Royal Danish Ballet
The Bournonville Festival - Bournonvilleana Gala
Star filled evening
by Kate Snedeker
July 11, 2005 -- Royal Theatre, Copenhagen
The 3rd Bournonville Festival concluded on Saturday with a truly memorable gala performance, which featured a well-crafted program of dance and video, described by Frank Andersen as “a colorful flora of selected pas de deuxs and divertissements”.
The black tie event was televised live on Danish TV, allowing those outside the theatre to partake in the festivities. The arrival of the Royal Family was heralded by the playing of the Danish National Anthem, after which the orchestra played the ‘March of the Gods’ from "The Lay of Thrym", a no longer performed Bournonville ballet. Following a brief speech by Artistic Director Frank Andersen, reflecting on the Bournonville Heritage and looking towards the next Festival, the dancing began.
Fittingly, the balletic part of the program opened with the students of the Royal Danish Ballet School in a demonstration of steps from the Bournonville School. The curtain lifted to reveal the entire ballet school arrayed in neat rows, from the youngest students in the back to the aspirants in the back. The short excerpts revealed an impressive stylistic unison: though these students are still works-in-progress, even in the simple port de bras, tendus and jumps, one could see a distinctive, cohesive style.
The first act continued with excerpts from “The Kermesse in Bruges” and “The King’s Volunteers on Amager’ as well as the pas de deux from “The Flower Festival in Genzano”. Each piece was preceded by video of current dancers and teachers talking about the ballet and Bournonville. In the first act excerpt from “The Kermesse in Bruges”, newly promoted soloists Dawid Kupinski and Yao Wei sparkled in the showpiece pas de deux, with Kupinski displaying an endearing free-spirited energy in his solos. In the final scene from “The King’s Guard on Amager” led by Jean-Lucien Massot and Caroline Cavallo, it was Tim Matiakis (as Otto) in the pas de trois who stood out. Marked by fast, controlled pirouettes and airy grand jetes, this was Matiakis’ finest performance yet.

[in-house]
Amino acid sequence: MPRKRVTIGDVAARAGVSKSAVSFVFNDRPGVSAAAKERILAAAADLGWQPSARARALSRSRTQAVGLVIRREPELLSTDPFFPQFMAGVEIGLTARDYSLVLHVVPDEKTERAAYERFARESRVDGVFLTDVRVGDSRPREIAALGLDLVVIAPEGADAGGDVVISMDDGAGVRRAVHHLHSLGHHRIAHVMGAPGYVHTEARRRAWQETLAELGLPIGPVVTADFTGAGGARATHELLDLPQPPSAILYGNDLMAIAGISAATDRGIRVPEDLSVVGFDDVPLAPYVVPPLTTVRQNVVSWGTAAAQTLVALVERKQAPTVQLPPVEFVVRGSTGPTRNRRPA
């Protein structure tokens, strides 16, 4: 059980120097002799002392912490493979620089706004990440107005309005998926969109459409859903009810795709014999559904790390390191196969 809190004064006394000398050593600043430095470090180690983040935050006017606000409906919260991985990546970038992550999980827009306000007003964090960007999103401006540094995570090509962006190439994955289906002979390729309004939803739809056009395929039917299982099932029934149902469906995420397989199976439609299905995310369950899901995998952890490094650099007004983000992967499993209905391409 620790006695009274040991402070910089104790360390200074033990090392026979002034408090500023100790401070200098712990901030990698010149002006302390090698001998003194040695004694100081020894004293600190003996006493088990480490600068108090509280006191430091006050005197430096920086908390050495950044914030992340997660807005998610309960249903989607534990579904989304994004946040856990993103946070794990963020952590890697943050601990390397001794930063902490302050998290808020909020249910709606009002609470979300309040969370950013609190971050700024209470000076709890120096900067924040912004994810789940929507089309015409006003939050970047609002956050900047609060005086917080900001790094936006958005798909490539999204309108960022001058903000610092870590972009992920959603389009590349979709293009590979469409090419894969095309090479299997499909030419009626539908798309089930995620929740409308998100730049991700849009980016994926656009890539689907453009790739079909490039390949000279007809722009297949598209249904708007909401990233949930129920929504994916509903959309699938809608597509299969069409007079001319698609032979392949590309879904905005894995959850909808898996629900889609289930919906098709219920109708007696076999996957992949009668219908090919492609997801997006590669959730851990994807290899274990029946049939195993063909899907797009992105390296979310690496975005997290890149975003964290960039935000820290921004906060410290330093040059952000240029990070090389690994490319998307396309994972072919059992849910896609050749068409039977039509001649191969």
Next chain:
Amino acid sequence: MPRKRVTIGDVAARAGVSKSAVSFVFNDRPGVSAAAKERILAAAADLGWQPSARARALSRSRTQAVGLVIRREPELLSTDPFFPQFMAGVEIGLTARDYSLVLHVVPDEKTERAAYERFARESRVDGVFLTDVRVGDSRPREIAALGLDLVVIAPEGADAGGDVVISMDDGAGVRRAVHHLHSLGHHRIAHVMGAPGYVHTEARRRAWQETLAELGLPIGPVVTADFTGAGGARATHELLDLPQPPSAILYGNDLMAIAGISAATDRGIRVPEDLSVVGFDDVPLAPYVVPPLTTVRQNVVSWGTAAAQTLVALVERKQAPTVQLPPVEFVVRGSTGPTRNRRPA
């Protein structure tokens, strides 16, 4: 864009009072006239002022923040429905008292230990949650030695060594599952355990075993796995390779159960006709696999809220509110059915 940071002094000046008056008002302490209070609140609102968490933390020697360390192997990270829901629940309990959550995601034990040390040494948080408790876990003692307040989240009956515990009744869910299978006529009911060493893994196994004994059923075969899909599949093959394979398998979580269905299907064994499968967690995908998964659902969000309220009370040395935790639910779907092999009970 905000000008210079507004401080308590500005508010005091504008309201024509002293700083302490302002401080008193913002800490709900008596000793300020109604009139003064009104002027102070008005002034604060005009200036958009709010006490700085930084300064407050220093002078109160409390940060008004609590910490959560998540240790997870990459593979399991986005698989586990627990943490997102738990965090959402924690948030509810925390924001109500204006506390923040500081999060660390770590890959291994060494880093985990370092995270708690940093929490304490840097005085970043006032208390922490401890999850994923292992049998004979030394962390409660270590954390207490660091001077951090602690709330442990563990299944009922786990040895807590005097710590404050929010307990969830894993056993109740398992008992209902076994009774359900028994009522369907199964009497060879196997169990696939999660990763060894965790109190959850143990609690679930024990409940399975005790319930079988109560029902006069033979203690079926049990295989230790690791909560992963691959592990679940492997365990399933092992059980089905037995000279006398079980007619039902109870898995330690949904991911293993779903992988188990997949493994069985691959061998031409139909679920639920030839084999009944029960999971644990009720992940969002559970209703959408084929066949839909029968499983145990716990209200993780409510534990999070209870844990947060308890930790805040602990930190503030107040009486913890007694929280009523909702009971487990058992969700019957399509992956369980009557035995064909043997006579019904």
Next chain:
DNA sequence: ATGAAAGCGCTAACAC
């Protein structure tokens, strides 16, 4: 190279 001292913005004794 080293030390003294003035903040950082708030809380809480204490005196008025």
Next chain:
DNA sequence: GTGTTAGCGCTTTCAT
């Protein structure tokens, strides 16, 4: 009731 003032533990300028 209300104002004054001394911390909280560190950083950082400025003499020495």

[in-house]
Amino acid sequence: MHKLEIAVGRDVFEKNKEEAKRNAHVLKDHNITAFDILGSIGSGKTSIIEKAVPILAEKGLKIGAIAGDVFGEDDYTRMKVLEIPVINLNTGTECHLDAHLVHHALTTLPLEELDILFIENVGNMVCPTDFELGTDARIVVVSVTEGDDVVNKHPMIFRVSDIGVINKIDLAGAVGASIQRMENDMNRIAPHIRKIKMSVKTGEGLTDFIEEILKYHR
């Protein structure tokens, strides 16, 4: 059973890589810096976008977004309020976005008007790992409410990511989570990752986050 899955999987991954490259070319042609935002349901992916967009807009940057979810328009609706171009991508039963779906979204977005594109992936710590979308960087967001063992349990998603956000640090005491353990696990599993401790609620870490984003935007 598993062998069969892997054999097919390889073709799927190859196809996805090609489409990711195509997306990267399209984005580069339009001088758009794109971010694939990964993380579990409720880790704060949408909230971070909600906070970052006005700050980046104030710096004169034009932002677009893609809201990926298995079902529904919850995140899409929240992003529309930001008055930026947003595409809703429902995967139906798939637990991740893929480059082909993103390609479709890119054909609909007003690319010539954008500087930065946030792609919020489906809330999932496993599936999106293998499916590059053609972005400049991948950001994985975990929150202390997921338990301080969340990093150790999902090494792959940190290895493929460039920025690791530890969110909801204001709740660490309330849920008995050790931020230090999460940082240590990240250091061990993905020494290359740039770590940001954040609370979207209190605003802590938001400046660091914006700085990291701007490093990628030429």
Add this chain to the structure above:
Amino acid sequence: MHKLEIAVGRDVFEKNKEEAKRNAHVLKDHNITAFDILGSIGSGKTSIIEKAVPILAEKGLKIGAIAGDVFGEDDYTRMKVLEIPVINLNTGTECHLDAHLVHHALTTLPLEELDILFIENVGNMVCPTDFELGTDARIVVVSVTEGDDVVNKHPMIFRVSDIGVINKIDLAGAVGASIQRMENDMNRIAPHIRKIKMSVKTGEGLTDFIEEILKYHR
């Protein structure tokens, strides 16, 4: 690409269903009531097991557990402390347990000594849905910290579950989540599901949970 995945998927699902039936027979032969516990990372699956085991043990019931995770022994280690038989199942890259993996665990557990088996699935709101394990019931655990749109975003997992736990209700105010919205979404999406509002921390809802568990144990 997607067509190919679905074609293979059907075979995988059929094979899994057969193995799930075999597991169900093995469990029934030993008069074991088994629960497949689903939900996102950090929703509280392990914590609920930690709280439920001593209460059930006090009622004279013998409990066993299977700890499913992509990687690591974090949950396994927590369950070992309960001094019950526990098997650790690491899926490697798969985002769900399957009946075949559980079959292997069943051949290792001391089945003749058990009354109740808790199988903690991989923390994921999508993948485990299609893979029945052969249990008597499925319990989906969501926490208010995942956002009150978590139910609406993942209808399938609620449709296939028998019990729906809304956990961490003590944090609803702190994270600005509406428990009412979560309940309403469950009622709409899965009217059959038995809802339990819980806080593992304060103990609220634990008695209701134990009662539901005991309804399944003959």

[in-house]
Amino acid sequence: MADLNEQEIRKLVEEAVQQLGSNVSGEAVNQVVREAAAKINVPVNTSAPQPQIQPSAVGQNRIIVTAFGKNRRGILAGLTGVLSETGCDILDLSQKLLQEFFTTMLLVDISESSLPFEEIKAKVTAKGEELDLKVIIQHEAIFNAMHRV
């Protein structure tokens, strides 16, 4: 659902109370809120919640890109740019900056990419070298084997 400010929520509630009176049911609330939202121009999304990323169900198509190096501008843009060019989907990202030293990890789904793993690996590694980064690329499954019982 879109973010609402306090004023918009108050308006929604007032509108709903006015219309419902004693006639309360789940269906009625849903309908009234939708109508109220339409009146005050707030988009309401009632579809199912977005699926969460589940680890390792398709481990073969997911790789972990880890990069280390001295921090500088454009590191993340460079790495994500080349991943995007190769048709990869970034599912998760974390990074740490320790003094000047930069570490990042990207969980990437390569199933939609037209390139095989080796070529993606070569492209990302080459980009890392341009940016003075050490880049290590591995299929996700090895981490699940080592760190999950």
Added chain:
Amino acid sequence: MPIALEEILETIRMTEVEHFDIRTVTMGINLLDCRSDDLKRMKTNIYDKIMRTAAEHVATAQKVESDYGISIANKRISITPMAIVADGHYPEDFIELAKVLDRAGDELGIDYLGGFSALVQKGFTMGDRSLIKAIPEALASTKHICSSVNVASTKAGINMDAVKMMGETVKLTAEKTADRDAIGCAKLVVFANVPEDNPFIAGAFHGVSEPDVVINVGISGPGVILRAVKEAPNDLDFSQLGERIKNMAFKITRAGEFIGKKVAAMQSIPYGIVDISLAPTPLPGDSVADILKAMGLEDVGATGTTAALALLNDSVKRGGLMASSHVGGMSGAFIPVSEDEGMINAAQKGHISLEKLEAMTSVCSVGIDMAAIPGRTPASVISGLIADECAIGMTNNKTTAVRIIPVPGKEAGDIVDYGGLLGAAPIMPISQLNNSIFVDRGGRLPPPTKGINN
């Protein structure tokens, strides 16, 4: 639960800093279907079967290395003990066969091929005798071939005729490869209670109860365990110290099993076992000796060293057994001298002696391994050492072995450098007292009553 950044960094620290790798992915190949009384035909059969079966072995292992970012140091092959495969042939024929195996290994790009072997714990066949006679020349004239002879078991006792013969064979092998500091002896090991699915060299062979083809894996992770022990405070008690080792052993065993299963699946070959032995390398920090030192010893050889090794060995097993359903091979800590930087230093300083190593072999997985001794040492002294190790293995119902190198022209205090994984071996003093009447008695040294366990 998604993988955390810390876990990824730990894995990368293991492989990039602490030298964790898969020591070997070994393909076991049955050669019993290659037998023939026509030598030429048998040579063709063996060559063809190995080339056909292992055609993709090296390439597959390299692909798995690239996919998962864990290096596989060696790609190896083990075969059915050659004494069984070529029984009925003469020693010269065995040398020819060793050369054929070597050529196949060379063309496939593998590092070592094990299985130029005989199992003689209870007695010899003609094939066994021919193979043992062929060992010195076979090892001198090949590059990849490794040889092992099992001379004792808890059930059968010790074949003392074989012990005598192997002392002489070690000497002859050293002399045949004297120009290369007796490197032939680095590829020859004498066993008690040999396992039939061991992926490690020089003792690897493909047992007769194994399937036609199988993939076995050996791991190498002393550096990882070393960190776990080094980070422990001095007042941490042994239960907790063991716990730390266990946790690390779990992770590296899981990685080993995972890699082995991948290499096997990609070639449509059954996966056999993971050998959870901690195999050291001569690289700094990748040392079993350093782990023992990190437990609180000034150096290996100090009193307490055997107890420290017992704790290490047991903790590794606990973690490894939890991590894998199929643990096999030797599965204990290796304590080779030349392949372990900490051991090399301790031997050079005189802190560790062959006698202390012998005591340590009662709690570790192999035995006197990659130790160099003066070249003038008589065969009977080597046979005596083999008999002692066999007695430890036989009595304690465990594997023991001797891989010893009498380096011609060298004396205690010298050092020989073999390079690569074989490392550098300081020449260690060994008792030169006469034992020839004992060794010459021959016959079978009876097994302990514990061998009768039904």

No tribute to Bournonville would be complete without the pas de deux from “The Flower Festival in Genzano”, a sweet piece performed with gentle aplomb by Gudrun Bojeson and Mads Blangstrup. Though deceptively simple at first glance, the pas de deux is full of non-stop steps. Those lucky enough to see the televised version had the opportunity to view a slow motion excerpt of Blangstrup’s performance which revealed the true difficulty of the piece – a near continual flow of steps, beats and jumps – performed with precision and flow by Blangstrup.
After the intermission, the program continued with six brief divertissements, some rarely seen on the stage today. These included Tina Højlund in the brief “The Troubadour”, Lesley Culver and Andrew Bowman in “Polka Militaire” and Marie-Pierre Greve in Fr. Lefebvre’s “La Lithuanienne”. Gudrun Bojesen and Gitte Lindstrøm paired up for a rare all-female “Jockey Dance” (from the ballet “From Siberia to Moscow); adding a little bit of feminine charm to the swaggering choreography.